Beyond the Museum: Exhibiting Culture Today
From cabinets of curiosities to today’s virtual exhibitions, students learned about the history and theory of museums in the western world in “Beyond the Museum: Exhibiting Culture Today,” an interdisciplinary museum studies class taught by Professor Joy Sperling.
Sperling’s students examined museum functions across different societies, including private aristocratic cabinets of unusual objects such as P.T. Barnum’s great nineteenth-century American Museum, which held such manufactured “humbug” exhibits as the Fiji Mermaid (really a monkey torso sewed onto a fish body).
Other subjects of discussion included the great national museums of the early nineteenth century, the vast collections of the Victorian Age, the Living Exhibits of people at World’s Fairs, at Living Museums at places such as Historic Williamsburg, and the fantasy “museums” of EPCOT Center.
The class examined how museums might address the needs of future generations by asking: What do they collect? Who chooses what is worthy of being collected? What kinds of cultural objects does a museum collect and for whom? In other words, how are museum narratives constructed, and how do museums make objects “special” by selecting objects for collection and display?
“We visited several different kinds of museums to see how every different kind of museum creates a different narrative,” said Professor Joy Sperling. “Each one was inspiring in its own way, even the smallest museum is significant. In fact, the Hunter Robbins Museum in Granville inspired one class member so much that he offered to work there.”
The class also learned from several visitors over the course of the semester. One visitor was Professor Joe Hancock of Drexel University, the world’s leading authority on the history and cultural significance of cargo pants.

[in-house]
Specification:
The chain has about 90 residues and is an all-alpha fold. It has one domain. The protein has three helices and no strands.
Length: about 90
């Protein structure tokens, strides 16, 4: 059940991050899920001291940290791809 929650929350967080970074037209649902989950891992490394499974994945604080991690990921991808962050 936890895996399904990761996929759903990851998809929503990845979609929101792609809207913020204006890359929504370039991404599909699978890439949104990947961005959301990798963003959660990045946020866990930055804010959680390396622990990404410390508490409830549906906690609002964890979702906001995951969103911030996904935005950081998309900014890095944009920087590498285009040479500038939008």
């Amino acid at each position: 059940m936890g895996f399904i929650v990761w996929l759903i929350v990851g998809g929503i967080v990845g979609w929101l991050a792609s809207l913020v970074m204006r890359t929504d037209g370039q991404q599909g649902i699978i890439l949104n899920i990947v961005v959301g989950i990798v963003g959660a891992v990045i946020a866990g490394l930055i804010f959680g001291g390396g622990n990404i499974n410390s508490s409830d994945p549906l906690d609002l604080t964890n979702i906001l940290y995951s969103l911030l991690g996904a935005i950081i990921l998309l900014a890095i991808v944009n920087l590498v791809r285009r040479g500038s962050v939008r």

“He kept all of us entertained with his stories about the ‘war’ over whether cargo pants are fashionable or just plain ugly and told us all about how he was interviewed on television about the debate,” said Sperling.
The class was charged to create an actual exhibition for an imaginary museum, for which they constructed narratives and meaning from everyday objects. The class curated and mounted an exhibition of these objects at the end of the semester.
Each student chose one purchased or borrowed object from current culture to include in the exhibition. They researched the historical origin, history of, and current cultural significance of their chosen object and wrote an essay based on that research for an exhibition catalogue.
The Denison Museum lent pedestals and shared information about how to make and produce professional quality wall labels for each object.
Posters designed and created by the students advertising the show; they created and distributed postcards and online invitations to the exhibition. Students photographed objects, designed and printed an exhibition catalogue, and hosted an opening reception attended by the class and friends, as well as by several administrators, faculty, and students from across campus.
“The class ended with a de-briefing after the exhibition and catalogue were complete,” said Sperling. “We discussed openly what we could and should have done better — some better coordination among ourselves might have helped—but this was the first time the class was taught.”
“We also talked about what we did well — had tons of fun and got to know each other and our respective strengths and weaknesses really, well,” she added.